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What defined the River Road Neighbourhood from the 1880s on was two barriers: the Great Gorge on the east (with River Road hugging its lip) and the tracks of the Michigan Central Railroad on the west (parallel to Ontario Avenue). The neighbourhood consisted of the homes built between these barriers. Those fronting on River Road were mostly grand. Those backing onto the tracks were modest. For rich and poor alike in this district, the tracks were a curse. The rumble of freight trains could be heard at all hours of day and night.

The curse turned into a blessing in the first decade of this century. The railroad tracks were removed and in their place was built a long, wide, smooth, quiet, level trail for walking and cycling. The trail opened in 2009, in time to be used for relaying the torch of the 2010 Olympic Games in Vancouver and Whistler, BC. That is how the trail shown above got its official name: the Olympic Torch Run Legacy Trail. Residents go for strolls along it. Some walk their dogs. Tourists appreciate that wheeled suitcases roll smoothly on the asphalt surface, since this trail is the shortest route from hotels in the tourist districts to the transit hub on Bridge Street.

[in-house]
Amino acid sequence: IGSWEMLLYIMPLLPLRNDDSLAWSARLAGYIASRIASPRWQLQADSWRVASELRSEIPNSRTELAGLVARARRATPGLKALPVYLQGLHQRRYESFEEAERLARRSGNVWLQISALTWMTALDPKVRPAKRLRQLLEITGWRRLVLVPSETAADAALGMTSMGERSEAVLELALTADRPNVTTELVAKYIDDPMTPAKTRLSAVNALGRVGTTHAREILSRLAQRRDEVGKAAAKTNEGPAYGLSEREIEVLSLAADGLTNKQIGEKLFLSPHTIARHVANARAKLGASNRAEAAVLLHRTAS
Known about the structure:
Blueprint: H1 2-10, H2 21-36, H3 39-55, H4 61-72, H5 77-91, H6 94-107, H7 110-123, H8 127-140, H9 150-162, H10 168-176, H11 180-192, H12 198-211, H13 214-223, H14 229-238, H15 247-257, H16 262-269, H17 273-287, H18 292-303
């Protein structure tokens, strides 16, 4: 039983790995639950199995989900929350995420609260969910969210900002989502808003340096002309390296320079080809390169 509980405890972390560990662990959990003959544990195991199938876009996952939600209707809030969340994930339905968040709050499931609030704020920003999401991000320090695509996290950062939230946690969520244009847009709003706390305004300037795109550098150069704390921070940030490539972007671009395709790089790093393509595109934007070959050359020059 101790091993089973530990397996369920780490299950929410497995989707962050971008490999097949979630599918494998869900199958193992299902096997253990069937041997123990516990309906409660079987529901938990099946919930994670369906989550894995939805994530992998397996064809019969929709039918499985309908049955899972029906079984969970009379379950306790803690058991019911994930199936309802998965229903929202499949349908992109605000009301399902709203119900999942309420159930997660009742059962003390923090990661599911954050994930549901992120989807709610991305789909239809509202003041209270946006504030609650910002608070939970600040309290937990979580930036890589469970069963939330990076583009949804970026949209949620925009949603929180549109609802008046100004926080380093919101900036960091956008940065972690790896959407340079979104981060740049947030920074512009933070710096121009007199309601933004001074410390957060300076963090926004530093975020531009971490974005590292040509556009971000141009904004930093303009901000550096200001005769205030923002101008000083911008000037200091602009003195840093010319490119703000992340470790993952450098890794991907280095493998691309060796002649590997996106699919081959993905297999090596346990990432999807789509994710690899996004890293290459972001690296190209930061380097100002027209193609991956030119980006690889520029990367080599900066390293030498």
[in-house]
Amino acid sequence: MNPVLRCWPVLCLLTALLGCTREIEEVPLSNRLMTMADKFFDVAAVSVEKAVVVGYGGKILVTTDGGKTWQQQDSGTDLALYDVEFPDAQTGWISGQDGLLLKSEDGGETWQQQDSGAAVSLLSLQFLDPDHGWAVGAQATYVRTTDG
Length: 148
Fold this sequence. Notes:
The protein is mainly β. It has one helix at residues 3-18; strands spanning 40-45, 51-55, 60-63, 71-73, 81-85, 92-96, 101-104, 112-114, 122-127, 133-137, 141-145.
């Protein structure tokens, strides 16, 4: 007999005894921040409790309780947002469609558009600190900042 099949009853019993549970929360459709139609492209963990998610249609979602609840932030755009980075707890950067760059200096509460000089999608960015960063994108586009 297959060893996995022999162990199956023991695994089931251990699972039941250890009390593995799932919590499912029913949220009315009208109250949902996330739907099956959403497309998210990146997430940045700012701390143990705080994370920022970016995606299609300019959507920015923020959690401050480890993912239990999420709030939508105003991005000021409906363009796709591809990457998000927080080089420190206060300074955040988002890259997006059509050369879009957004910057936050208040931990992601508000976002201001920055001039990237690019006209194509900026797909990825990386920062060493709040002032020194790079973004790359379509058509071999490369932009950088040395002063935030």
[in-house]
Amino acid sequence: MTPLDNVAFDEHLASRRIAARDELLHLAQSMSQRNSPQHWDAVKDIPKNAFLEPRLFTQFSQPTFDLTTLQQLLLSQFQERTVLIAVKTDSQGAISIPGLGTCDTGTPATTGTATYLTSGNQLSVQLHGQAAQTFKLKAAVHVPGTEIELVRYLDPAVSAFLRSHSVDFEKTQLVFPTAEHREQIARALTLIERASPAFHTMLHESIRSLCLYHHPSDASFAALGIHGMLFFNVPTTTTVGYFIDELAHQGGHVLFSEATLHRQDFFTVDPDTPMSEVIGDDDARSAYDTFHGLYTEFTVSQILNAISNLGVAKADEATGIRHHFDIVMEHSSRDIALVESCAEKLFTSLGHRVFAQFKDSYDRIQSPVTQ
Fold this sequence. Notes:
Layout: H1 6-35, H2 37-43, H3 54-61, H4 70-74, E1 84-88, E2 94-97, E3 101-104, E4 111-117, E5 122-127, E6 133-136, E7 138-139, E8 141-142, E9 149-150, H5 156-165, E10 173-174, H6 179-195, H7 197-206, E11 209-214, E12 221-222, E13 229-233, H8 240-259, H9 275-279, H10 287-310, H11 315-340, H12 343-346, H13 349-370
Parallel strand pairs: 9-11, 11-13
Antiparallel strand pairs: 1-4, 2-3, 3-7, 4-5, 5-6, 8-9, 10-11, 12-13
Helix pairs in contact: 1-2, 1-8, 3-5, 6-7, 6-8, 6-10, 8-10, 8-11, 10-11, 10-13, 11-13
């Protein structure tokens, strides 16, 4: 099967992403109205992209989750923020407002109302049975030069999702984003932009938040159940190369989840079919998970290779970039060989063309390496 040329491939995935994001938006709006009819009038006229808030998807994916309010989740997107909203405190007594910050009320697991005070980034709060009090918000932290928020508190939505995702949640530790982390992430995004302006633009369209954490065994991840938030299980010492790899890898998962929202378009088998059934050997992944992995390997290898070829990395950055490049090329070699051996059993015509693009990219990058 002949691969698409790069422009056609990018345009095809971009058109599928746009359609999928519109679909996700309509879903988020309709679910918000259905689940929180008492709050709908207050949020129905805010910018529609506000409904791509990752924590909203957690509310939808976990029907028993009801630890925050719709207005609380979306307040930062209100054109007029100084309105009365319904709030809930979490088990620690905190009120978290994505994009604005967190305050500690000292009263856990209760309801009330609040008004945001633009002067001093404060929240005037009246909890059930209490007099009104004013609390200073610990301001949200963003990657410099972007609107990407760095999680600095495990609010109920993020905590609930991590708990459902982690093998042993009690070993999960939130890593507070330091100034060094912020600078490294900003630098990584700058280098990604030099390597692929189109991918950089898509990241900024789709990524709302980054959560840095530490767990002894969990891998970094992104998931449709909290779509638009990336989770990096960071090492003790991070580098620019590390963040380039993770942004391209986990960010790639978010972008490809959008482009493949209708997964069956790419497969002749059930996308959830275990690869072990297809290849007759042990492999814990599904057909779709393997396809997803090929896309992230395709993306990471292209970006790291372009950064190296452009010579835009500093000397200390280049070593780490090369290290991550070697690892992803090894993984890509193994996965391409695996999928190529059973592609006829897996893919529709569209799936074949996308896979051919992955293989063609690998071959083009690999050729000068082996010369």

People in this district could hardly complain if the Olympic Torch Trail were its only recreational amenity. Walking along River Road, they can enjoy in any season and at any hour the most spectacular vistas the city has to offer, like this one:

In addition, just south of this district are the world-class horticultural attractions maintained by Niagara Parks: the Rainbow Garden, Oakes Garden Theatre, and then the 150 acres of Victoria Park. These cultural wonders, almost a match for the falls themselves, are free to all comers, and in walking distance of the River Road Neighbourhood. Indeed, the 80-year-old stone wall along the gorge makes for a seamless connection between the public recreational area directly at the falls and the adjacent residential area.

As if all these parks and trails at the edge of the River Road Neighbourhood were not enough, there is also a park within its boundaries: Ontario Park, shown in the two photos below, along the street of the same name. The city completely refurbished it in 2018. Spanking new playground equipment and artificial turf signals that this is a family-friendly neighbourhood, serving children as well as adults. The tennis and basketball courts have also been redone.

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